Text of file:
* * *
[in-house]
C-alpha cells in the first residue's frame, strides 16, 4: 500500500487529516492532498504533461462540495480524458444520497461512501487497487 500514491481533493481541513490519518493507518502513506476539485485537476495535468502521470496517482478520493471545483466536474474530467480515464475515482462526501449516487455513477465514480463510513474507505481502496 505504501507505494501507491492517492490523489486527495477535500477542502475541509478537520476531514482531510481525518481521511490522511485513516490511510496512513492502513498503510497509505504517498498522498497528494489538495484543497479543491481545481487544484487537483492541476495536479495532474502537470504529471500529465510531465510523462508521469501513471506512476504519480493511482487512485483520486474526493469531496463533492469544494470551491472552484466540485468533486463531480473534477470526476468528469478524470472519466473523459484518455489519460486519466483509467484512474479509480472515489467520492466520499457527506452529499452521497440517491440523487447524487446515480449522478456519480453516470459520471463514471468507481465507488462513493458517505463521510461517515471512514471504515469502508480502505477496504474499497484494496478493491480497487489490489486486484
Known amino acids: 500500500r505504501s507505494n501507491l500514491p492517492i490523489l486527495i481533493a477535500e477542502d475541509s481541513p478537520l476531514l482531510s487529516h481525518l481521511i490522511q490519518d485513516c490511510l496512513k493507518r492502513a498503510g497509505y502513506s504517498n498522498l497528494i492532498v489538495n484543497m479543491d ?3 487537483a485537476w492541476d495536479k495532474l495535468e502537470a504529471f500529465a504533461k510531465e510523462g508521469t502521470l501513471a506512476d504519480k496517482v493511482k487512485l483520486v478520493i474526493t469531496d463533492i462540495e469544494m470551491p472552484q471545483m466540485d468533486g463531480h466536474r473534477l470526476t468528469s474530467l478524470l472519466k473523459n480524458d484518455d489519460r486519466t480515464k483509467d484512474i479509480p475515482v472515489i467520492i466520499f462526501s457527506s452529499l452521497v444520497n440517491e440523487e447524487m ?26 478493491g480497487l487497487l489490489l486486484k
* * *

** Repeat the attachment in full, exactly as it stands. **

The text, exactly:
[in-house]
C-alpha cells in the first residue's frame, strides 16, 4: 500500500487529516492532498504533461462540495480524458444520497461512501487497487 500514491481533493481541513490519518493507518502513506476539485485537476495535468502521470496517482478520493471545483466536474474530467480515464475515482462526501449516487455513477465514480463510513474507505481502496 505504501507505494501507491492517492490523489486527495477535500477542502475541509478537520476531514482531510481525518481521511490522511485513516490511510496512513492502513498503510497509505504517498498522498497528494489538495484543497479543491481545481487544484487537483492541476495536479495532474502537470504529471500529465510531465510523462508521469501513471506512476504519480493511482487512485483520486474526493469531496463533492469544494470551491472552484466540485468533486463531480473534477470526476468528469478524470472519466473523459484518455489519460486519466483509467484512474479509480472515489467520492466520499457527506452529499452521497440517491440523487447524487446515480449522478456519480453516470459520471463514471468507481465507488462513493458517505463521510461517515471512514471504515469502508480502505477496504474499497484494496478493491480497487489490489486486484
Known amino acids: 500500500r505504501s507505494n501507491l500514491p492517492i490523489l486527495i481533493a477535500e477542502d475541509s481541513p478537520l476531514l482531510s487529516h481525518l481521511i490522511q490519518d485513516c490511510l496512513k493507518r492502513a498503510g497509505y502513506s504517498n498522498l497528494i492532498v489538495n484543497m479543491d ?3 487537483a485537476w492541476d495536479k495532474l495535468e502537470a504529471f500529465a504533461k510531465e510523462g508521469t502521470l501513471a506512476d504519480k496517482v493511482k487512485l483520486v478520493i474526493t469531496d463533492i462540495e469544494m470551491p472552484q471545483m466540485d468533486g463531480h466536474r473534477l470526476t468528469s474530467l478524470l472519466k473523459n480524458d484518455d489519460r486519466t480515464k483509467d484512474i479509480p475515482v472515489i467520492i466520499f462526501s457527506s452529499l452521497v444520497n440517491e440523487e447524487m ?26 478493491g480497487l487497487l489490489l486486484k